By

**Catarina Dutilh Novaes**
This is the fifth installment of my series of posts on the beauty, function, and explanation in mathematical proofs (Part I is here; Part II is here; Part III is here; Part IV is here). In this post I bring in my dialogical conception of proofs (did you really think you'd be spared of it this time, dear reader?) to spell out what I take to be one of the main functions of mathematical proofs: to produce explanatory persuasion.

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Framing the issue in these terms allows for the formulation
of two different approaches to the matter: explanatoriness as an objective,
absolute property of the proofs themselves; or as a property that is variously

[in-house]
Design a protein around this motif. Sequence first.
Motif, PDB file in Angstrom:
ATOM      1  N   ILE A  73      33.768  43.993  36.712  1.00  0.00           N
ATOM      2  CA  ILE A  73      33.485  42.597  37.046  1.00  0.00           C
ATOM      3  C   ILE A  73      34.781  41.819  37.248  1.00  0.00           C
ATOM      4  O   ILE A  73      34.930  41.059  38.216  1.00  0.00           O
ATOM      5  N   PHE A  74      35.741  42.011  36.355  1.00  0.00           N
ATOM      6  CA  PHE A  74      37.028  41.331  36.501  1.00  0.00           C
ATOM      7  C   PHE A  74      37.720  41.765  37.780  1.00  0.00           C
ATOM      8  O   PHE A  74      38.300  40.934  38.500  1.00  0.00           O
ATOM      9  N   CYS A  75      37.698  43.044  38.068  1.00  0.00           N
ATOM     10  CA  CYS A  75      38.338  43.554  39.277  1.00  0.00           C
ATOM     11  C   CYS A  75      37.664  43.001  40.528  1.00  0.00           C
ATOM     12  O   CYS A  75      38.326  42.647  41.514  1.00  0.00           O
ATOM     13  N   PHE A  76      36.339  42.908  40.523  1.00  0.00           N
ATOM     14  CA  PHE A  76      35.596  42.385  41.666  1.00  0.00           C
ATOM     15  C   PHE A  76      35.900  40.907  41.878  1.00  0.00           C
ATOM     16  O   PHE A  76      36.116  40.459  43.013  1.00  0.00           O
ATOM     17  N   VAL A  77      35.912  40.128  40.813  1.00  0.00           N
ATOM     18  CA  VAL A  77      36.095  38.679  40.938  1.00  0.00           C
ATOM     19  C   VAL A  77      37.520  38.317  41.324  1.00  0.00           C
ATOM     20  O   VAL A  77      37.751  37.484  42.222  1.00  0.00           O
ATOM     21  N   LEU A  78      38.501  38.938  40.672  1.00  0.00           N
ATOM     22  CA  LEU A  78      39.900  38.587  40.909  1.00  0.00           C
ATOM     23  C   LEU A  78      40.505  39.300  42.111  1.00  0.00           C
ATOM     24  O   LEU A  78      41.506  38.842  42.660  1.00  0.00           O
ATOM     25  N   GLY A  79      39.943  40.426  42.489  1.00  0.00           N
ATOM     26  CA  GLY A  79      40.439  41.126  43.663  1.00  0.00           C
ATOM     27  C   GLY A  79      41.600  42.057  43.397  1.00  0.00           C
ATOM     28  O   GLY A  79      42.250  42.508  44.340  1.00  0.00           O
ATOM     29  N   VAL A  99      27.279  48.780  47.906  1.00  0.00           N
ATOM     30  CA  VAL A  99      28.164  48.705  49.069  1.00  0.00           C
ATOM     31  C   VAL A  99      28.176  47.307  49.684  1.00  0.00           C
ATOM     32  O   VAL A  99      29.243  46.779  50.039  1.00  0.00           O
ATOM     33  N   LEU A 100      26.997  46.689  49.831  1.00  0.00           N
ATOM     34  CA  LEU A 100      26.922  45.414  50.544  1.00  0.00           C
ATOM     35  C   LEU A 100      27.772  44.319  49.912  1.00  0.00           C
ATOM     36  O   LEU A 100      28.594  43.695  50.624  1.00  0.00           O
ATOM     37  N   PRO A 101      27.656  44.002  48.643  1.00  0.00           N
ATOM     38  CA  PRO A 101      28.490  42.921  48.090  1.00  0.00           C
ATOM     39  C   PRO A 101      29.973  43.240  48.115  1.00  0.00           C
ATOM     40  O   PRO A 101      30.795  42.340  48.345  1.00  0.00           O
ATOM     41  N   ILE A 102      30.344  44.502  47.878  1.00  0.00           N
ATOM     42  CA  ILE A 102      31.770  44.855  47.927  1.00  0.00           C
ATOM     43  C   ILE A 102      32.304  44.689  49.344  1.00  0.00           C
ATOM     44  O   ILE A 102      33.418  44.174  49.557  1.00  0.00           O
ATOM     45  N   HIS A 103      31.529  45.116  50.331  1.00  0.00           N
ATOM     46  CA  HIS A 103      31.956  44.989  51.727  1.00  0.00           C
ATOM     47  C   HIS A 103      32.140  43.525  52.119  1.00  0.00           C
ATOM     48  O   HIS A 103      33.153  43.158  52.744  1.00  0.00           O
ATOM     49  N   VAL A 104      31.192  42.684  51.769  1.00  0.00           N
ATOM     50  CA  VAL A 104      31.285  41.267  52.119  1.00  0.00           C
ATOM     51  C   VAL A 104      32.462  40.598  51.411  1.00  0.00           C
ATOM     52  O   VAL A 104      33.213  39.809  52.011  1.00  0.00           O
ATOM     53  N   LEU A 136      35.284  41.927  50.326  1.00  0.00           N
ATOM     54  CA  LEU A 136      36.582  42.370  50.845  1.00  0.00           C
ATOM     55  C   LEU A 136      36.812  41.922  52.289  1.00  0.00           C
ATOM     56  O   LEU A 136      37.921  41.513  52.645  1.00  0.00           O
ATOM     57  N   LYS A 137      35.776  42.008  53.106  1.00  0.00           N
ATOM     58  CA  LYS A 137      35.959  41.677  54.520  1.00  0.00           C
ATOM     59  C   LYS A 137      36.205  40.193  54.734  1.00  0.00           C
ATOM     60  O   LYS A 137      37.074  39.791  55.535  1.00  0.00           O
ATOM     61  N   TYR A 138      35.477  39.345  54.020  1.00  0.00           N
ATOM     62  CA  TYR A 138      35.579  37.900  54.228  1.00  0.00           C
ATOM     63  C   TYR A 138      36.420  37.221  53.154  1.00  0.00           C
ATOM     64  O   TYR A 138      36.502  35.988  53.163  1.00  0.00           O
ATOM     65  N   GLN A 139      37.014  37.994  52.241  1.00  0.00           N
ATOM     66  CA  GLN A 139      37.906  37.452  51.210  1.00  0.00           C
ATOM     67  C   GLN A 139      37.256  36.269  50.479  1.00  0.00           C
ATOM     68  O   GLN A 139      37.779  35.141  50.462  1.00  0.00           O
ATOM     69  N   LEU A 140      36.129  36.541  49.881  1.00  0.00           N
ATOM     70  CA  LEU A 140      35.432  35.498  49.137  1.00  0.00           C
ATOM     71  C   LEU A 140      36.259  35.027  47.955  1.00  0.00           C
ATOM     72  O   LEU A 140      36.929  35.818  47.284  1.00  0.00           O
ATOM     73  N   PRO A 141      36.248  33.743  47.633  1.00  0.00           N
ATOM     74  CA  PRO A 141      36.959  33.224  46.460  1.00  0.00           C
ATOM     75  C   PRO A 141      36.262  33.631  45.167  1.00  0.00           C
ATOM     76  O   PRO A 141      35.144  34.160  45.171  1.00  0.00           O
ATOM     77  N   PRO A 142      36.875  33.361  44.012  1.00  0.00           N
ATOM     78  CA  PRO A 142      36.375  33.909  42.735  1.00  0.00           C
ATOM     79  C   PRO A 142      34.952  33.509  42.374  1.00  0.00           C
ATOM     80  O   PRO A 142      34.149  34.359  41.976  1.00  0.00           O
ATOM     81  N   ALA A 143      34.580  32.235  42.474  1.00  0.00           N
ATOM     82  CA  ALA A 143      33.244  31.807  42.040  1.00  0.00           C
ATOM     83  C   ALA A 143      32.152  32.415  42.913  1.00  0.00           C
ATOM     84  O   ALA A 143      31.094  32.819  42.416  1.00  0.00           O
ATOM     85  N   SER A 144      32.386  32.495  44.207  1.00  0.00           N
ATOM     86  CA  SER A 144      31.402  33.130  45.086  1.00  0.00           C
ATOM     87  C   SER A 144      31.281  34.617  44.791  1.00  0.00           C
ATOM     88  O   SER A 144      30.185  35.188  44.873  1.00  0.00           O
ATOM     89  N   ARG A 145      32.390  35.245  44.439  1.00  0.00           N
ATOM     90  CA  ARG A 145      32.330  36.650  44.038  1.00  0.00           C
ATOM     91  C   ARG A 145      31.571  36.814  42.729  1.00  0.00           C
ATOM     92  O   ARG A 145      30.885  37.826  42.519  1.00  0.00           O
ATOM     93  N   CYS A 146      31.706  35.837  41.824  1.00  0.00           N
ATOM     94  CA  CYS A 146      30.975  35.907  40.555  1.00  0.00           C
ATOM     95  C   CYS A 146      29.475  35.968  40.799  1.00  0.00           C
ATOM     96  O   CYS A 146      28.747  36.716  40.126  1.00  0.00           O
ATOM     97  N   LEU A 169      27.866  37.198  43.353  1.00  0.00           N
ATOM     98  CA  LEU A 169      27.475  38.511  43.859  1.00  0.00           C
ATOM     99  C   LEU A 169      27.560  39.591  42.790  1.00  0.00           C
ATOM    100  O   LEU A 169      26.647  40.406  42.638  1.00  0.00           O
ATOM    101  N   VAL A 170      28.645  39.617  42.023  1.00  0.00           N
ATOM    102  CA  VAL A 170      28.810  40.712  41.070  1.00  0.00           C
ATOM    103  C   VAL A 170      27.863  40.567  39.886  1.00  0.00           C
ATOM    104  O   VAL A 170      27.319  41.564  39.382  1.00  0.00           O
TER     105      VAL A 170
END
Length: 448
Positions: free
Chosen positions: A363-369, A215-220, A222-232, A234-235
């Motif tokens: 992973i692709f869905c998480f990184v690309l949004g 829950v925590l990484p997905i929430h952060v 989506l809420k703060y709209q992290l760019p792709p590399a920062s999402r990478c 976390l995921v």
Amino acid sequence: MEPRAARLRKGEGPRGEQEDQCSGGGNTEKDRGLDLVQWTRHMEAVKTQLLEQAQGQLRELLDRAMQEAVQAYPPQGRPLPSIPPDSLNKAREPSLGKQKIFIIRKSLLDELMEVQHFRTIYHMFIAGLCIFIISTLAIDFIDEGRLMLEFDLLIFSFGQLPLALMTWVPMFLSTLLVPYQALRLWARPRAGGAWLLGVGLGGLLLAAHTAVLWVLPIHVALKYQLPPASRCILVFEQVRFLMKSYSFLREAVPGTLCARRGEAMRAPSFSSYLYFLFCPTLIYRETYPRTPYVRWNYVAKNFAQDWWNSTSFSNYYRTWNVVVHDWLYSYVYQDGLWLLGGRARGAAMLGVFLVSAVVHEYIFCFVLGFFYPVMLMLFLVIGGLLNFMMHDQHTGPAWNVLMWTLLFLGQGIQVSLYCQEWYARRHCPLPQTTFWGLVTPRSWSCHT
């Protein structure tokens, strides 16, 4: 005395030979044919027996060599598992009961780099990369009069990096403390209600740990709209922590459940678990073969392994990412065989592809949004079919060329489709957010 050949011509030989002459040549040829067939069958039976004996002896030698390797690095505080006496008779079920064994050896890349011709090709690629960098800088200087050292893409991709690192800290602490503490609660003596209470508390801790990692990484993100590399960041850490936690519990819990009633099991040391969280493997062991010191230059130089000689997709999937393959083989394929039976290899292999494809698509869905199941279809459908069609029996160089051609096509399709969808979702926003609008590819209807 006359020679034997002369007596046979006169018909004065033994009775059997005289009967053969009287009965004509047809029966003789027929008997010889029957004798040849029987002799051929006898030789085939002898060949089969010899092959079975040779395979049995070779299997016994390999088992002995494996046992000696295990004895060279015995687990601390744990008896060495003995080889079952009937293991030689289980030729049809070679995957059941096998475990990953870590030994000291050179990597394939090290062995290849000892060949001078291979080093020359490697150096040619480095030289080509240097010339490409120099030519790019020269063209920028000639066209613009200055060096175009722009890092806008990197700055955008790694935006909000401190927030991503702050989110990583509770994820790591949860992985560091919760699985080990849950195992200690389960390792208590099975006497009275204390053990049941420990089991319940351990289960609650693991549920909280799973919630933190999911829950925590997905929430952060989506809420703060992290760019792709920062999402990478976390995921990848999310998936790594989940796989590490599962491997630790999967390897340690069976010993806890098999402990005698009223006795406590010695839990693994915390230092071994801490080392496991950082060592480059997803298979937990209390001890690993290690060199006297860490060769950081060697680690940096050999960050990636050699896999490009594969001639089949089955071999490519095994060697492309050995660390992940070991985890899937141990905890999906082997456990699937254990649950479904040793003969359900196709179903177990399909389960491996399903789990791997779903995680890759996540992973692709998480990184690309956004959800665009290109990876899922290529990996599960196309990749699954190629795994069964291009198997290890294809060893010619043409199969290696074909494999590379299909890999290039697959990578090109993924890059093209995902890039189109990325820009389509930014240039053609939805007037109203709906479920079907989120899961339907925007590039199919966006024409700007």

attributed to proofs first and foremost based on pragmatic reasons, which means
that such judgments may by and large be context-dependent and agent-dependent.
(A third approach may be described as ‘nihilist’: explanation is simply not a
useful concept when it comes to understanding the mathematical notion of proof.)
Some of those instantiating the first approach are Steiner (1978) and Colyvan
(2010); some of those instantiating the second one are Heinzmann (2006) and
Paseau (2011). (It is important to bear in mind that the discussion here
pertains to so-called ‘informal’ deductive proofs (such as proofs presented in
mathematical journals or textbooks), not to proofs within specific formal
systems.)

For reasons which will soon become apparent, the present
analysis sides resolutely with so-called pragmatic approaches: the notion of
explanation is in fact useful to explain the practices of mathematicians with
respect to proofs, in particular the phenomenon of proof predilection, but it